The brightly decorated eatery will be replaced by something more grown-up, the remaining owners say

Two Boots are made for walking: Slope family favorite to close after 24 years

The Brooklyn Paper
Share on TwitterTweet
Share on Facebook

Get our stories in your inbox, free.

Like Brooklyn Paper on Facebook.

Get it while it’s hot.

Park Slope restaurant and family favorite Two Boots Brooklyn is closing after 24 years to make way for a more night-life-oriented venture that will offer up Southern-themed cuisine minus the Italian influence and host more music and an expanded bar without shutting out kids entirely, owners said on Monday.

“It’s going to be One Boot, if you will,” said co-operator Andy Wandzilak, who, along with his wife Piper, is taking over the business from retiring owner John Touhey. “We are losing the pizza, the Italian boot,” leaving Louisiana’s geographical footwear for inspiration, he said.

The Second Street eatery will close on Sunday, as first reported by the blog F’d in Park Slope, and should reopen in January as a yet-to-be-named establishment with a renovated dining room, an expanded bar, and a tweaked-but-familiar vibe that will downplay the place’s bright-colored sensibility, Wandzilak said.

“It’s going to grow up a little bit away from the frolicking kid restaurant it has been,” he said. “But there will still be a place for kids.”

Touhey is bowing out to focus full-time on his day job as assistant principal at Downtown’s St. Joseph High School and said that he is sad to leave the business that has become a community cornerstone, but glad to get some breathing room after all these years.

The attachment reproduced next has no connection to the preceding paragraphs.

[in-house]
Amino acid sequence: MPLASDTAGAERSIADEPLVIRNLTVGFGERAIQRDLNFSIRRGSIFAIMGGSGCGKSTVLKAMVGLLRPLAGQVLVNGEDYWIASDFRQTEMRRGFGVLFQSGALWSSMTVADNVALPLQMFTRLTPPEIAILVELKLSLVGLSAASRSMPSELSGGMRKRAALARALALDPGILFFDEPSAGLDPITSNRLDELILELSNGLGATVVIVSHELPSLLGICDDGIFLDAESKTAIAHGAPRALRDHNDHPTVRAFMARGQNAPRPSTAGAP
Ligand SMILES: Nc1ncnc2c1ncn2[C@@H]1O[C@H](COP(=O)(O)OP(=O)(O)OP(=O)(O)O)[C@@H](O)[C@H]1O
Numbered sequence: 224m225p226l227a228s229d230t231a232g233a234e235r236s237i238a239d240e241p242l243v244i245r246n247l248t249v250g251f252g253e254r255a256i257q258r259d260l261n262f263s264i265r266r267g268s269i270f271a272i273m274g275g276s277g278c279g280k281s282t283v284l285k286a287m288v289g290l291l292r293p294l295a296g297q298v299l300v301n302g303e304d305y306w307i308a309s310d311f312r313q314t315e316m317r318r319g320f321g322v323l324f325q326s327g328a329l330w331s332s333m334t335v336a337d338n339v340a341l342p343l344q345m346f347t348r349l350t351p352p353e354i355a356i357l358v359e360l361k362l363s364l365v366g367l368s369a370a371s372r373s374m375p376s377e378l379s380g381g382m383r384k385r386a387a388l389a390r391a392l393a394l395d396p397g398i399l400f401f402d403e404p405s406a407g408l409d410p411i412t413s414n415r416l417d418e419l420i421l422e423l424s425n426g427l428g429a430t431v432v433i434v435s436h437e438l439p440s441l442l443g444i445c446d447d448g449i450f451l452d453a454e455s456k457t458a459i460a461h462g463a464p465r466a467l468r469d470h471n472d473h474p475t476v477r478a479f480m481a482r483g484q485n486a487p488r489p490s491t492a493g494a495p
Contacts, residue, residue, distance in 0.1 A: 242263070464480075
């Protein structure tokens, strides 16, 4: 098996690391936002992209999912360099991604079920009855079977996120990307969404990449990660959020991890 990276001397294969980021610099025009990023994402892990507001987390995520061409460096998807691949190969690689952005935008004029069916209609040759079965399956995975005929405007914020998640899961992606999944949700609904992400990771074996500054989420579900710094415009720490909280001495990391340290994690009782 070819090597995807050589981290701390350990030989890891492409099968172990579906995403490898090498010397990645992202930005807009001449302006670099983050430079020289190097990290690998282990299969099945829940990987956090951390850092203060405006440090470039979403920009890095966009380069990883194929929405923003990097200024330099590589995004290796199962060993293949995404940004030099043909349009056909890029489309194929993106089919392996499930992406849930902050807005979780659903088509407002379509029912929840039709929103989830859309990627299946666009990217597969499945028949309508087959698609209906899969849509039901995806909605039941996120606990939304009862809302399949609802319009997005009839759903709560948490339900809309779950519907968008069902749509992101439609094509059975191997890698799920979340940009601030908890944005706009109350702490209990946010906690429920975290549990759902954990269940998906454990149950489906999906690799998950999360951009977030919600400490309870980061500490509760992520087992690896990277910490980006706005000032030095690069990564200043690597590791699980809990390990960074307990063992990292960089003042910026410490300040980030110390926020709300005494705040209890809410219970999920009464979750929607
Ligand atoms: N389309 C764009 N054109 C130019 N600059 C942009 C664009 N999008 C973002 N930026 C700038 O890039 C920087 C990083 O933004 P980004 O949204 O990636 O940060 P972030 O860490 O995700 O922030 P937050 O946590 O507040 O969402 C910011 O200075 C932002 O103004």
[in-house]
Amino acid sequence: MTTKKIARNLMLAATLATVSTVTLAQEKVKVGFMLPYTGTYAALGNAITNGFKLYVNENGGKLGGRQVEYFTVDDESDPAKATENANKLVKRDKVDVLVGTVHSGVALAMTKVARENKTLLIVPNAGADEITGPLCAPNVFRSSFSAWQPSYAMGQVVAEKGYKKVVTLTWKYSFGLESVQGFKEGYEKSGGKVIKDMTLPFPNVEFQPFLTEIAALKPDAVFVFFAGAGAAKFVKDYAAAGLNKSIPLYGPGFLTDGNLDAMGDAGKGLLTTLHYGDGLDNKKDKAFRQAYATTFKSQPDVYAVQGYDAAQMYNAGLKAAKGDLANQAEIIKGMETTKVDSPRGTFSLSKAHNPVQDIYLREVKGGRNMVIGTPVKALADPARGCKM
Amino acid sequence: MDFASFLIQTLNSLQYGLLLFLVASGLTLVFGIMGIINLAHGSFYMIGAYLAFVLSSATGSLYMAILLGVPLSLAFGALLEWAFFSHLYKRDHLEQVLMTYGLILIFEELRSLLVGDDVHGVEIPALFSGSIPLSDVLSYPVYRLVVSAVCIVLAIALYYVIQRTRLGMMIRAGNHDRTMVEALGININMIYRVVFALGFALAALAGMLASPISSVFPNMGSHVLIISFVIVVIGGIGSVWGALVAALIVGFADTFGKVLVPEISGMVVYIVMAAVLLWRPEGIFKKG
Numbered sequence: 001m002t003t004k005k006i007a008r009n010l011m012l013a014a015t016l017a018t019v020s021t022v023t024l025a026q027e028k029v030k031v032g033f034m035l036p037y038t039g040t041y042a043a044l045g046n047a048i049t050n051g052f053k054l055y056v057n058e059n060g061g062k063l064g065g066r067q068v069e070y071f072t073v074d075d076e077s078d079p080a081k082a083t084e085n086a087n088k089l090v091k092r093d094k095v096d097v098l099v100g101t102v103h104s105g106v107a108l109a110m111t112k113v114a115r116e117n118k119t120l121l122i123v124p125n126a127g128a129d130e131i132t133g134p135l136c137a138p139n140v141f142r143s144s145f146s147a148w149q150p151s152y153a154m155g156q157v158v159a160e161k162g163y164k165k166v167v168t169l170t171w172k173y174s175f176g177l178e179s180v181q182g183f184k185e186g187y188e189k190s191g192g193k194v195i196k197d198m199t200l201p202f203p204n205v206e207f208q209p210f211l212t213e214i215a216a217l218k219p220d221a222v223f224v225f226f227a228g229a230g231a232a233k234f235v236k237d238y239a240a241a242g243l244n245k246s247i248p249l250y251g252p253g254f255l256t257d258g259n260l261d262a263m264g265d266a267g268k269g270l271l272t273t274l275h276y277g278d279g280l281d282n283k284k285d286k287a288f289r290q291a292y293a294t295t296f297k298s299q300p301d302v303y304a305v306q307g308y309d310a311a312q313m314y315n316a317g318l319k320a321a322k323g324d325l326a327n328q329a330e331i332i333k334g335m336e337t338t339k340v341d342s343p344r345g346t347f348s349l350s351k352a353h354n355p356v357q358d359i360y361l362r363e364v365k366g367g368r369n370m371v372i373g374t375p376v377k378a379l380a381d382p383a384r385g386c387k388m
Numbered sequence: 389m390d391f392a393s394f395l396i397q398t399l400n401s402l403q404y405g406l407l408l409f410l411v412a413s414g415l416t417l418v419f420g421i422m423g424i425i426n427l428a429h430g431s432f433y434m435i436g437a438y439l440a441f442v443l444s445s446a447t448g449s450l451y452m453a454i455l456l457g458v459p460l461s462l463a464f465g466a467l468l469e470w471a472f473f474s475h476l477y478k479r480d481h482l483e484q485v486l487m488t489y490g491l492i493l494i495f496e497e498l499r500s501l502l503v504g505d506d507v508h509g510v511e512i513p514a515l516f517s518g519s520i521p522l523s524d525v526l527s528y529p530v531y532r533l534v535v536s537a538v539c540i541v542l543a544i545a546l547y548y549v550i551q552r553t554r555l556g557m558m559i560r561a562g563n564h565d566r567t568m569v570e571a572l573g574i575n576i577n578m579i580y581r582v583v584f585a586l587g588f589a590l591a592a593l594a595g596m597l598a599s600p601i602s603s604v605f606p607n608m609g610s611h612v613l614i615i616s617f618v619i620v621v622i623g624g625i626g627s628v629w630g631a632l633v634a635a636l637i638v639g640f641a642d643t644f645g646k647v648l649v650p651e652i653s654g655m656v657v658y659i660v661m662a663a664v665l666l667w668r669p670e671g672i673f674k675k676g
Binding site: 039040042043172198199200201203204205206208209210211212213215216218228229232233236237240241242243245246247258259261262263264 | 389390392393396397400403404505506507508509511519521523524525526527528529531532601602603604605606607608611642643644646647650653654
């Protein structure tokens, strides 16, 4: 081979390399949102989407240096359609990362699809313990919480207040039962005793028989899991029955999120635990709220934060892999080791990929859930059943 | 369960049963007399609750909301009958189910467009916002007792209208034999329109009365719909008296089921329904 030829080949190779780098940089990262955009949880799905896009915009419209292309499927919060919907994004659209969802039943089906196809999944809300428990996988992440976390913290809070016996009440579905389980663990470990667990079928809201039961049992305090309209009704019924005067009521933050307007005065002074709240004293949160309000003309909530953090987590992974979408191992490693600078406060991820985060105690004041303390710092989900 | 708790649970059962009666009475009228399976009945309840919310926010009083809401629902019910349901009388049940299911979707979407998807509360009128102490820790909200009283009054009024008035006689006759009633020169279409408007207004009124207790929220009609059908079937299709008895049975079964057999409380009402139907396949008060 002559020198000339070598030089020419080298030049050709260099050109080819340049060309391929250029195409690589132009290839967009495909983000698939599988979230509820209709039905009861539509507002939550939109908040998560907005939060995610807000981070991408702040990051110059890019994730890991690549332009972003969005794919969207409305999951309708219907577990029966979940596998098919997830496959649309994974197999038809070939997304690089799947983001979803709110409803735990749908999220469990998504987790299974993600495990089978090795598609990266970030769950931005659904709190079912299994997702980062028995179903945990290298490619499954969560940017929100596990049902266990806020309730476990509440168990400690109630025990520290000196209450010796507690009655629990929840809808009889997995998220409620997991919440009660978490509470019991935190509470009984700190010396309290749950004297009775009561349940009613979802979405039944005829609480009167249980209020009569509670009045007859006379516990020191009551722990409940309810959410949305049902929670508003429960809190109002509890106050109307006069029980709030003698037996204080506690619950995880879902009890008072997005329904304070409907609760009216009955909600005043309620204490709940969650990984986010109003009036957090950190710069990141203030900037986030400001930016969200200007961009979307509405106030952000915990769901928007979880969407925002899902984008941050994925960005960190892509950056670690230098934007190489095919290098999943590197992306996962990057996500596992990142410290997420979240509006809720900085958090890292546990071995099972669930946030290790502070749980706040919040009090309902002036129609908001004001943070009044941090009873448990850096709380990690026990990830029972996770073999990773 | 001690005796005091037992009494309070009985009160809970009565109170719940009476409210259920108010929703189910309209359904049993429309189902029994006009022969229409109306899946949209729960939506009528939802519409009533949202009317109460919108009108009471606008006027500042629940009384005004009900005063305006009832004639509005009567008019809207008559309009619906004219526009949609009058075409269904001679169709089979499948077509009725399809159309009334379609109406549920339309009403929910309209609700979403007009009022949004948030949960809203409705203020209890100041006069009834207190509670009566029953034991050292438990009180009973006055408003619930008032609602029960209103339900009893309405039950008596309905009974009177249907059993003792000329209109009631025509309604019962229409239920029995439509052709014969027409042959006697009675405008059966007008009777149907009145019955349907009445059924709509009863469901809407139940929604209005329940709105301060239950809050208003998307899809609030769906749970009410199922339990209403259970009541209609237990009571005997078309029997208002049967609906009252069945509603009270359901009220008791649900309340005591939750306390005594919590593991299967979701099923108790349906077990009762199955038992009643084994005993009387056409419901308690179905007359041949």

“I’ll miss it terribly but I have to move on,” he said. “It’s always been a community center. Particularly for families.”

And he is not kidding. Touhey founded the Two Boots with a fellow New Orleans lover near his home in Manhattan’s East Village in 1987, then moved to Park Slope and opened a second eatery two years later because friends demanded it, he said. (That very year, former Brooklyn Paper columnist Louise Crawford got engaged late one night at the East Village location. Read her 2007 column for a slice of a family life lived in the Park Slope spot.)

He brought on Piper as a waitress in 1991 and, by the mid-1990s she was helping to run the place and hired Andy as a cook.

In 1996, she married the new guy and the couple joined the club of Two Boots staffers who wound up wed, which has ample membership Touhey said. All the while, his own brood was growing up in the booths.

“We’ve literally raised two generations of kids there,” Touhey said. “My kids are having kids and bringing those kids there.”

The outgoing proprietor says that he will be a regular at the restaurant’s next iteration, which he thinks will attract a cool demographic that the place has long lacked.